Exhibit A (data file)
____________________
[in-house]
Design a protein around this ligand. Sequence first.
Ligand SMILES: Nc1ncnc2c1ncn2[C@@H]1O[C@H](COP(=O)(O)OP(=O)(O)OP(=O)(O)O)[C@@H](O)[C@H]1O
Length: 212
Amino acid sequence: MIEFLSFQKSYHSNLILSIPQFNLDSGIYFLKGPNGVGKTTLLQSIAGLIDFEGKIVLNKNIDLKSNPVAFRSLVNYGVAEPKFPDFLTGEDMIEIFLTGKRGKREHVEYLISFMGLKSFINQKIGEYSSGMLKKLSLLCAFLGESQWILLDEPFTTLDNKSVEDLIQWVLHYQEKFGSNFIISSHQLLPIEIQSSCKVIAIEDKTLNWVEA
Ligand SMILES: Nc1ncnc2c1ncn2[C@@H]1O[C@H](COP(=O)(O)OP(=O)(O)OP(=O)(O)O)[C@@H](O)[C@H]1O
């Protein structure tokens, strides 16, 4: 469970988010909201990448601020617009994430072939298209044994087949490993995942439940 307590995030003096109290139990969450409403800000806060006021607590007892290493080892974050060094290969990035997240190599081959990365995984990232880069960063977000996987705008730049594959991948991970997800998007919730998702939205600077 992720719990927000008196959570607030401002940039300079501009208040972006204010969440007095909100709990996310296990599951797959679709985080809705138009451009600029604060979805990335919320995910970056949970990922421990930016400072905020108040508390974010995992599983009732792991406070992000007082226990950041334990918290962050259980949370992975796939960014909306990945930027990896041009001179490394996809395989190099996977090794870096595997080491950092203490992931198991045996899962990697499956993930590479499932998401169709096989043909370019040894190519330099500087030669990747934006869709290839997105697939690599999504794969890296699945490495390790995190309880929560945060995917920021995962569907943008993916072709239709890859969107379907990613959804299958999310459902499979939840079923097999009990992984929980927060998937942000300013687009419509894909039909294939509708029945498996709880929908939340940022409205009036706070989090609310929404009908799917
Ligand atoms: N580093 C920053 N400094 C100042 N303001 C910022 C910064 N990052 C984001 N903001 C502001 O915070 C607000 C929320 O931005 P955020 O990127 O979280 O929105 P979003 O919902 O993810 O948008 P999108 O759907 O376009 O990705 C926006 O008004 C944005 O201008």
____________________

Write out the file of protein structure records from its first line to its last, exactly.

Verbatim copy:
[in-house]
Design a protein around this ligand. Sequence first.
Ligand SMILES: Nc1ncnc2c1ncn2[C@@H]1O[C@H](COP(=O)(O)OP(=O)(O)OP(=O)(O)O)[C@@H](O)[C@H]1O
Length: 212
Amino acid sequence: MIEFLSFQKSYHSNLILSIPQFNLDSGIYFLKGPNGVGKTTLLQSIAGLIDFEGKIVLNKNIDLKSNPVAFRSLVNYGVAEPKFPDFLTGEDMIEIFLTGKRGKREHVEYLISFMGLKSFINQKIGEYSSGMLKKLSLLCAFLGESQWILLDEPFTTLDNKSVEDLIQWVLHYQEKFGSNFIISSHQLLPIEIQSSCKVIAIEDKTLNWVEA
Ligand SMILES: Nc1ncnc2c1ncn2[C@@H]1O[C@H](COP(=O)(O)OP(=O)(O)OP(=O)(O)O)[C@@H](O)[C@H]1O
């Protein structure tokens, strides 16, 4: 469970988010909201990448601020617009994430072939298209044994087949490993995942439940 307590995030003096109290139990969450409403800000806060006021607590007892290493080892974050060094290969990035997240190599081959990365995984990232880069960063977000996987705008730049594959991948991970997800998007919730998702939205600077 992720719990927000008196959570607030401002940039300079501009208040972006204010969440007095909100709990996310296990599951797959679709985080809705138009451009600029604060979805990335919320995910970056949970990922421990930016400072905020108040508390974010995992599983009732792991406070992000007082226990950041334990918290962050259980949370992975796939960014909306990945930027990896041009001179490394996809395989190099996977090794870096595997080491950092203490992931198991045996899962990697499956993930590479499932998401169709096989043909370019040894190519330099500087030669990747934006869709290839997105697939690599999504794969890296699945490495390790995190309880929560945060995917920021995962569907943008993916072709239709890859969107379907990613959804299958999310459902499979939840079923097999009990992984929980927060998937942000300013687009419509894909039909294939509708029945498996709880929908939340940022409205009036706070989090609310929404009908799917
Ligand atoms: N580093 C920053 N400094 C100042 N303001 C910022 C910064 N990052 C984001 N903001 C502001 O915070 C607000 C929320 O931005 P955020 O990127 O979280 O929105 P979003 O919902 O993810 O948008 P999108 O759907 O376009 O990705 C926006 O008004 C944005 O201008």